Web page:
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I LOVED THIS BOOK. The analytical and thought provoking and descriptive way this book talks about women's sexual desire is phenomenal. It really made me question what I think about my own desire and made me think about every sexual encounter I've ever had and ever will have. I had a great discussion with my boyfriend on sex and intimacy after reading this book, and for that I am grateful. I also really appreciated the insight into women's sexual liberation often being confused with male oppression in a dress. Anyways, thanks for this copy! I loved it and spread my love far and wide. You can read my full review at my IG @babewithabookandabeer or at The Book Slut.

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This is a fascinating book about sexuality and consent. At times I was unclear what point the author was actually trying to make as the style is overly academic and unclear. Still, there are some very interesting sections and the author discusses a wide range of books, studies and ideological viewpoints.

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Wow! Such a great, informative read. This book is very well researched with multiple studies and perspectives presented throughout the text. I also think there was a great balance between discussion of the #MeToo movement and rape culture, while also exploring female sexuality. Most of the discussions do surround heterosexual relations, which the author does point out. The text is quite dense due to the amount of research, but I still enjoyed the reading experience as I learned a lot!

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This is such an interesting read. When I picked it up, I wasn't really sure what I was in for. Katherine Angel does a great job of combining an immense amount of sexual literature in one spot to determine how women can take back their power in sex. Focusing on the #metoo movement, previous infamous murder trials, James Deen's Girl X, and other instances allows you to work through how different perceptions are made and how to counter them. If this is a topic you want to dive in on, I highly recommend reading this. It will not only give you a great amount of information but also give you many other sources whether it be former research projects or other books. Overall this book does read more along the research paper type versus the female empowerment approach. Thank you Katherine Angel, NetGalley, and Verso Books for this ARC in exchange for an honest review.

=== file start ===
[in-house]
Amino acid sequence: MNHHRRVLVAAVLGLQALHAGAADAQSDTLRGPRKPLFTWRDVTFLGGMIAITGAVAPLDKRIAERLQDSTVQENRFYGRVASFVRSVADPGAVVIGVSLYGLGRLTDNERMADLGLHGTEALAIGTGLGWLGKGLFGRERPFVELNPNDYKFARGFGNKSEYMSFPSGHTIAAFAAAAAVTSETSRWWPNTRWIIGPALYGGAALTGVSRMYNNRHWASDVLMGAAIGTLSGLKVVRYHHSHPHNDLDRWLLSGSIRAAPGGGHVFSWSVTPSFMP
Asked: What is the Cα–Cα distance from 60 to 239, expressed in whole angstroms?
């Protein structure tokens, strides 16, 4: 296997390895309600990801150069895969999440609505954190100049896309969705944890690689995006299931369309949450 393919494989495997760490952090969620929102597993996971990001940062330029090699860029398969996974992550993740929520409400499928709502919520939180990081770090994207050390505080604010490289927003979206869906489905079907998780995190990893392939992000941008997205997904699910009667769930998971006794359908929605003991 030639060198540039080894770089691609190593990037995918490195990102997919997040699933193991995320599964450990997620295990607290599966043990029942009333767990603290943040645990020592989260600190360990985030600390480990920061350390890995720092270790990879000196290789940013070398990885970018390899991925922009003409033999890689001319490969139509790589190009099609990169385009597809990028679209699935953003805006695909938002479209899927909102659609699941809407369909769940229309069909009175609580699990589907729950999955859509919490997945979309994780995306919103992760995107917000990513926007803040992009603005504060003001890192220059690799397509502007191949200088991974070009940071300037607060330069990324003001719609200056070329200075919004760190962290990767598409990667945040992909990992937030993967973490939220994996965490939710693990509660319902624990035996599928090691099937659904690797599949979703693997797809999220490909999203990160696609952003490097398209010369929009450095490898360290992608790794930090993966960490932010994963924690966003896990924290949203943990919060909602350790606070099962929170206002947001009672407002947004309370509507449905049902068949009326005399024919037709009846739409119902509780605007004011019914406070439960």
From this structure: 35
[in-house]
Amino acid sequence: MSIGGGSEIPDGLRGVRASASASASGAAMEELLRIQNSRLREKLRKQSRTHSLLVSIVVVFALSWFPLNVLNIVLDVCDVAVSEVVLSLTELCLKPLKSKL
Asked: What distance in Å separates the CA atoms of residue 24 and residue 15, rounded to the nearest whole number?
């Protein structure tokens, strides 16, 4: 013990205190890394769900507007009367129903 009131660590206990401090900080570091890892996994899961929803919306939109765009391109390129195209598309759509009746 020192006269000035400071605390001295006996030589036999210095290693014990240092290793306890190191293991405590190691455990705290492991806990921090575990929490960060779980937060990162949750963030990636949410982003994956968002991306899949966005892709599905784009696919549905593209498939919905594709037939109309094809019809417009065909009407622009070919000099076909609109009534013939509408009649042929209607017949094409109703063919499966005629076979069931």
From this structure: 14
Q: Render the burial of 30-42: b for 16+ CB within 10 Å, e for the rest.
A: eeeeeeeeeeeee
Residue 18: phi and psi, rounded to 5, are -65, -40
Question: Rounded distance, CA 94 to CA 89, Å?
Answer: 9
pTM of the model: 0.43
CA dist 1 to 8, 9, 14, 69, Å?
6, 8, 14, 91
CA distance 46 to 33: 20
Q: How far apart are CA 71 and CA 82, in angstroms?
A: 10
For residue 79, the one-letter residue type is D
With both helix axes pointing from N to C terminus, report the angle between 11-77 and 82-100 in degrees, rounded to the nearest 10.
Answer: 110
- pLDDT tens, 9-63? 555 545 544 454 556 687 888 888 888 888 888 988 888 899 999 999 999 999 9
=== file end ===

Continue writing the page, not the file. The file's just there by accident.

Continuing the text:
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An absolutely fascinating read. Women so often are taught to suppress their desire and now more than ever how do they express it without being labeled a slut or told they 'were asking for it.' Katherine tackles decades of information of women's desire and put it into a, easily digestible format. In a book ultimately about power and those who have it, don't, and those who want it, this is an excellent read for all.

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I would like to thank the publisher of this book for providing me with an Advanced Reader Copy through NetGalley, in exchange for an honest review. I finished this book in one sitting. I always enjoy reading non-fiction feminist books and this book was incredibly informative. We need more excellent books like this one. Women need to have agency over their bodies, their sexuality and their pleasure. Women need to learn to trust more their bodies and less the social norms of the meaning behind sex. This book presents a lot of important research on desire, treats the issue of vulnerability and risk-taking in sex. I would recommend this book to anyone who wants to be better informed and is ready to question his/her beliefs and prejudices about sex.

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A book everyone should read now! Incredibly timely, and full of information based on research, interviews, and pop-culture, this is one book that should be read in every home every school throughout the country.

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Katherine Angel’s Tomorrow Sex Will Be Good Again explores the acutely timed discussions of consent, desire, and arousal and how they are politicized against women. Though academic, Angel's text is accessible and will provide a brief (but expansive) overview of sexual history for those unfamiliar with the big names in the field. I think this book is a perfect length for the punch it packs and will interest many feminist readers wanting a denser read than the "girl power" titles saturating the market right now. This book definitely goes beyond the general discussion of the power dynamics present between sex and gender and expects you to already be questioning current feminist movements and popularized conversations. I'm excited to get this in the hands of some of my patrons!